Presentation Preparation Philosophy

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GTM
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Presentation Preparation Philosophy

Postby GTM » Thu Oct 31, 2013 8:01 pm UTC

How do you properly prepare for a presentation? From my experience, at first, you practice because it is not polished and you can get criticism from people and such before the real thing. But there reaches a point when you practiced so much that you are no longer naturally flowing out thoughts and everything is rigid and memorized, and questions start throwing you off because you go off script.

Before this point of full memorization, I forget points that I should state when I'm put on the spot. It's as if, since I don't have it memorized, I'm trying to remember which piece of the presentation goes into which slot while I'm presenting, and I'm trying to multitask on stage. ie. on the slide I have a key point, and based on that key point, I'm supposed to explain it with 3 key subpoints not on the slide. If it's not memorized, I forget the subpoints while put on the spot, and then I notice it 2 minutes later that I forgot a subpoint that I should've introduced that would help with the current slide and it throws me off.

In conclusion, tests are easier than presentations because you have more time (3 hours vs 20 minutes) and you can go back and fix things/work on them later.

I'm not sure what I wanted out of this. Maybe I wanted suggestions? Maybe I just wanted to vent.

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Re: Presentation Preparation Philosophy

Postby Izawwlgood » Thu Oct 31, 2013 9:12 pm UTC

I think I'm a terrible presenter, but for what it's worth, it can help writing out exactly what you want to say, and then treating it as a guideline. Powerpoint, the worst presenter tool ever made, lets you do presenter notes. It can be really handy to include a bullet list of things you want to touch on.
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Re: Presentation Preparation Philosophy

Postby EvanED » Tue Nov 05, 2013 4:36 pm UTC

Izawwlgood wrote:Powerpoint, the worst presenter tool ever made, lets you do presenter notes.
No way. PPT has a bad reputation because it's easy to use badly, but IMO it's also way easier to use well than anything else, at least that I've seen. (Notable exception: I have not used Keynote, because I don't want to spend a thousand dollars on presentation software, even if it does come with a free computer. :-))

For me, the trick is what Izawwlgood said: use presenter notes and then presenter view when presenting. Possibly you don't have the luxury of choosing whether to use presenter view -- well, then consider old-fashioned notecards.

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Re: Presentation Preparation Philosophy

Postby Izawwlgood » Tue Nov 05, 2013 4:48 pm UTC

Yeah I was being unfairly harsh. I think people have a tendency to treat PowerPoint as info dumps, and it really clutters their talk.

If you're going to be posting info, build up to it piecemeal. Don't just slap a complicated figure up and say 'so as you.can see...'
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Re: Presentation Preparation Philosophy

Postby EvanED » Tue Nov 05, 2013 5:26 pm UTC

Izawwlgood wrote:I think people have a tendency to treat PowerPoint as info dumps, and it really clutters their talk.
I think the related mistake is that people often seem to want their slides to make sense without the talk, and while it makes people looking at the slides after the talk happier, it makes the talk worse.

And that's why presenter view is so valuable: your slides can accompany the talk rather than be a complete information source (meaning you don't have to put everything you want to say on the slides), and yet you don't have to remember stuff (except to look at the presenter notes, which can be surprisingly hard to do :-)).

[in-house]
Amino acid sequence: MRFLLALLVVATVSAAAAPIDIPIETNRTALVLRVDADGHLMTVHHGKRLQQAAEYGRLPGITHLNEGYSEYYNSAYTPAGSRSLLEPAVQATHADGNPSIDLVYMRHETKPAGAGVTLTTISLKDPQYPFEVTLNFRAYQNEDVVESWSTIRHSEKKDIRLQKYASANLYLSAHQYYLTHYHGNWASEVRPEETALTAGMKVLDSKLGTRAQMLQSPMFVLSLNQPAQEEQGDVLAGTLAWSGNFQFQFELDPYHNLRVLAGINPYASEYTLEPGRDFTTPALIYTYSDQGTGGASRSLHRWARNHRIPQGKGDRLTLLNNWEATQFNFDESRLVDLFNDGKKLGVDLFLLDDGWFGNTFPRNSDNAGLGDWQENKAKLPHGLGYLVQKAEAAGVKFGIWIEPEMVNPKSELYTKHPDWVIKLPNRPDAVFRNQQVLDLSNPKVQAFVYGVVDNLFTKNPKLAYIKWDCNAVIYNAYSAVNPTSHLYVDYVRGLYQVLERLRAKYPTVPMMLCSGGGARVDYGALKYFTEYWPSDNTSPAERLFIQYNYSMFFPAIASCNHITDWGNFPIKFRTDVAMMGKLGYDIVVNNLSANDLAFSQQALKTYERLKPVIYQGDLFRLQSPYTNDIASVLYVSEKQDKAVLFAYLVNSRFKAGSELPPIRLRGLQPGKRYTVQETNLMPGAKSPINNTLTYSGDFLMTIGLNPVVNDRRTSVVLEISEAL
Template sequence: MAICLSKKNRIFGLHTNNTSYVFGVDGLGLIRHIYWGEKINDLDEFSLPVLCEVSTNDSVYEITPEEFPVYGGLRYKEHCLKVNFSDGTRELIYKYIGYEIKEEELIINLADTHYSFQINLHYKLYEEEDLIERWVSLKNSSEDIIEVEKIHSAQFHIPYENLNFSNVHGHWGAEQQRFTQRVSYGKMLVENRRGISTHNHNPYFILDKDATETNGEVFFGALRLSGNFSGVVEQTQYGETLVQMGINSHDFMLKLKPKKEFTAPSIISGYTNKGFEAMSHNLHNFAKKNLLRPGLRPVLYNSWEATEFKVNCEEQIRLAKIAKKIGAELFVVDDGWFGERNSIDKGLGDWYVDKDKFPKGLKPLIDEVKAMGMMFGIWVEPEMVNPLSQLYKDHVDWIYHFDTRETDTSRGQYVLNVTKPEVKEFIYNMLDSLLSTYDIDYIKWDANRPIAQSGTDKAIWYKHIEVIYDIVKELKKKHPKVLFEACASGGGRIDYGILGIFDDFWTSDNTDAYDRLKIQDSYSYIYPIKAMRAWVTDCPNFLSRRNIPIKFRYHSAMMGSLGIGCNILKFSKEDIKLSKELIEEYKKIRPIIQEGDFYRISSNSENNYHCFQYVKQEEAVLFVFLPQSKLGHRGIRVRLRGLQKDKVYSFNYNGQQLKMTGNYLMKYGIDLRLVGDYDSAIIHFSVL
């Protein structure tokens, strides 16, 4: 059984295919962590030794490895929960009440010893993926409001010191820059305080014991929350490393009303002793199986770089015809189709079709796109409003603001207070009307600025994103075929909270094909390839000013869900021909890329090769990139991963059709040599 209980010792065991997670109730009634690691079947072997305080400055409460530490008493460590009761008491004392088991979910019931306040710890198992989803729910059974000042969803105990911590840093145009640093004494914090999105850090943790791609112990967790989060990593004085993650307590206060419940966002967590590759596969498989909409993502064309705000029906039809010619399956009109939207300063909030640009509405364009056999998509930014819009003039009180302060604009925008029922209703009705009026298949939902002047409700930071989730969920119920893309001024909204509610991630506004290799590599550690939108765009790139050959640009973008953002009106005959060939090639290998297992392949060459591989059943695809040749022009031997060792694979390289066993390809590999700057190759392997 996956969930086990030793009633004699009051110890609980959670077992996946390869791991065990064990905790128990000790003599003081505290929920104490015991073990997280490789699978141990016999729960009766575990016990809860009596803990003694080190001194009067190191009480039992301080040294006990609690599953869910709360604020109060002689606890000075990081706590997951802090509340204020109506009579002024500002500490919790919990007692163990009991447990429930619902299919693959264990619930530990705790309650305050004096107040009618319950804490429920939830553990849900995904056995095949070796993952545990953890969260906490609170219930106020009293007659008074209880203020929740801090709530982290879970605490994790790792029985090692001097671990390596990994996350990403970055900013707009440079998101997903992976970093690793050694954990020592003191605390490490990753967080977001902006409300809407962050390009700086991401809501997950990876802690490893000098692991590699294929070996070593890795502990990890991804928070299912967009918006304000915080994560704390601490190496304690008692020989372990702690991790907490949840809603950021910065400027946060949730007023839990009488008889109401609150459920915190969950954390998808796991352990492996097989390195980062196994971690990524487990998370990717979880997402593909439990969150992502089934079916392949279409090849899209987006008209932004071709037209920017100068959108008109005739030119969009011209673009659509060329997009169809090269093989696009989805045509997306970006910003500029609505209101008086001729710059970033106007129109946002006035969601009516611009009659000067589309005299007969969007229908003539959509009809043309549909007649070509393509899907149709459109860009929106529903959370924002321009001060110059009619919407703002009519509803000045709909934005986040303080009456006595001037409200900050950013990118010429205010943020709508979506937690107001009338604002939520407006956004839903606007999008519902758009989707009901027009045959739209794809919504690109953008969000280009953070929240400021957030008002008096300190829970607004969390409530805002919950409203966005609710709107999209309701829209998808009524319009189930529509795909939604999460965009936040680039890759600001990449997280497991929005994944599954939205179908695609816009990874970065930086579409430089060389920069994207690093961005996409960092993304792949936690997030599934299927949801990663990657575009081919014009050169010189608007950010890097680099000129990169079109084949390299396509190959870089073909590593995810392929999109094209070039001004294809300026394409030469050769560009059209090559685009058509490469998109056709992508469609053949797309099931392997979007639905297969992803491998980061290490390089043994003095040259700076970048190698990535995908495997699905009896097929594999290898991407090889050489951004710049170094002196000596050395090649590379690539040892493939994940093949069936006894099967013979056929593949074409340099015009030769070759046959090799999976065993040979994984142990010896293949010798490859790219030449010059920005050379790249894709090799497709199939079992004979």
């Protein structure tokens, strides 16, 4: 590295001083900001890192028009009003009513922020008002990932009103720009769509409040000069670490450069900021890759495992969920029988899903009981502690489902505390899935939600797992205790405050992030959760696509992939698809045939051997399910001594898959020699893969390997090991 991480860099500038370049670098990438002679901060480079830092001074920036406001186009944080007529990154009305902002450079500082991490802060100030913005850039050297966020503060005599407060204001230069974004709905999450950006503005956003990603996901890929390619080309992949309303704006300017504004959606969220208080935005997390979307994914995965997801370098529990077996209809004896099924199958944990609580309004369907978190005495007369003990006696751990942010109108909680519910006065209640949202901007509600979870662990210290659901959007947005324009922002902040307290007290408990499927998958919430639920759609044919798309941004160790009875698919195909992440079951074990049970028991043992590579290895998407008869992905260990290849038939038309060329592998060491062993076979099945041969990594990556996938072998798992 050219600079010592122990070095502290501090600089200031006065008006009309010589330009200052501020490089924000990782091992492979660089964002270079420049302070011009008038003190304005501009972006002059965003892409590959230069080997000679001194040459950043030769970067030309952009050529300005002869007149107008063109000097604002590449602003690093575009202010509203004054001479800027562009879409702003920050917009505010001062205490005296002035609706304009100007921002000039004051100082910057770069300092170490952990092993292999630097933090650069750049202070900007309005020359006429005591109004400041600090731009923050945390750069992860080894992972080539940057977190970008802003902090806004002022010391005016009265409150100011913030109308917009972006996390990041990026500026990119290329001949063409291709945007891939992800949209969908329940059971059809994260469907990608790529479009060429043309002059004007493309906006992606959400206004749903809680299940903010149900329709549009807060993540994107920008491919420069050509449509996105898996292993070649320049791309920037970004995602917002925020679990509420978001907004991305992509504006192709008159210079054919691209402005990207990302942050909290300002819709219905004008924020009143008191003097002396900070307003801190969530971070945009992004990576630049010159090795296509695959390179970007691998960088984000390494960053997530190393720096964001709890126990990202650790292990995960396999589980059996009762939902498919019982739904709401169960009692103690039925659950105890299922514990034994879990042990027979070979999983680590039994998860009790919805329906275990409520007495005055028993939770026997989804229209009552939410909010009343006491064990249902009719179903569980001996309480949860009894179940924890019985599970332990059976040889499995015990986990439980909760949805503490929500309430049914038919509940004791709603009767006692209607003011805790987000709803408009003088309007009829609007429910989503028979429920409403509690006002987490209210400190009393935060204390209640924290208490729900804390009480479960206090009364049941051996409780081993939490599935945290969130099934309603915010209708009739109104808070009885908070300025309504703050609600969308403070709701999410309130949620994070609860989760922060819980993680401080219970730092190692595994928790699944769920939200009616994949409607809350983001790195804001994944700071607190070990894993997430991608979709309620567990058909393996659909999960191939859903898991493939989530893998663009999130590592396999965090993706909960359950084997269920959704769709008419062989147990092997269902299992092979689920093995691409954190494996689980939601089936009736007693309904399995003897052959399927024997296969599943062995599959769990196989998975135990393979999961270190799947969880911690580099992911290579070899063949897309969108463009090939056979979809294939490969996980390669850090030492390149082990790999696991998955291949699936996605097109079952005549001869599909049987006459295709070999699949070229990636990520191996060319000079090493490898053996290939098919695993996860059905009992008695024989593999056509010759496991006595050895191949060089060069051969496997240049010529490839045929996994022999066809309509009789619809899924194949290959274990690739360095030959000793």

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Re: Presentation Preparation Philosophy

Postby Izawwlgood » Tue Nov 05, 2013 6:23 pm UTC

Yupyup. A potential pitfall of presenter view is it can encourage 'reading from the presenter view box', which can make the talk feel stilted.
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Re: Presentation Preparation Philosophy

Postby GTM » Tue Nov 05, 2013 11:39 pm UTC

Notecards are frustrating for me too! If I'm presenting, I don't have the time to read the 2 lines of text per card that I've written donw!

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Re: Presentation Preparation Philosophy

Postby Izawwlgood » Wed Nov 06, 2013 2:45 am UTC

I would suggest that standard slides should be up for more than two sentences. Obviously if you're building a figure or adding to something you can change more rapidly, but if what your showing is only going to be up for two quick sentences, reconsider putting it up.
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Re: Presentation Preparation Philosophy

Postby GTM » Wed Nov 06, 2013 3:34 am UTC

Well it was an exhaggeration in the sense that if I had more than 2 sentences on a card, it would take me even longer to read through the card to see what I missed.

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Re: Presentation Preparation Philosophy

Postby Izawwlgood » Wed Nov 06, 2013 4:51 am UTC

Izawwlgood wrote:bullet list of things you want to touch on.
and
Izawwlgood wrote:A potential pitfall of presenter view is it can encourage 'reading from the presenter view box', which can make the talk feel stilted.


If you're reading directly from the slide or your presenter view or your notecards, you're doing it wrong.
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Re: Presentation Preparation Philosophy

Postby Dopefish » Wed Nov 06, 2013 3:51 pm UTC

In theory, I would imagine the best way to prepare is to give a bunch of improvised mini-presentations to a smaller audience, so you get a sense for the overall flow of your presentation, but since it's improv you're still not falling into the trap of having rigid memorized lines that could mess you up if/when you stumble. It also gives you the opportunity to get some feedback and potentially some idea of what sort of questions might be asked.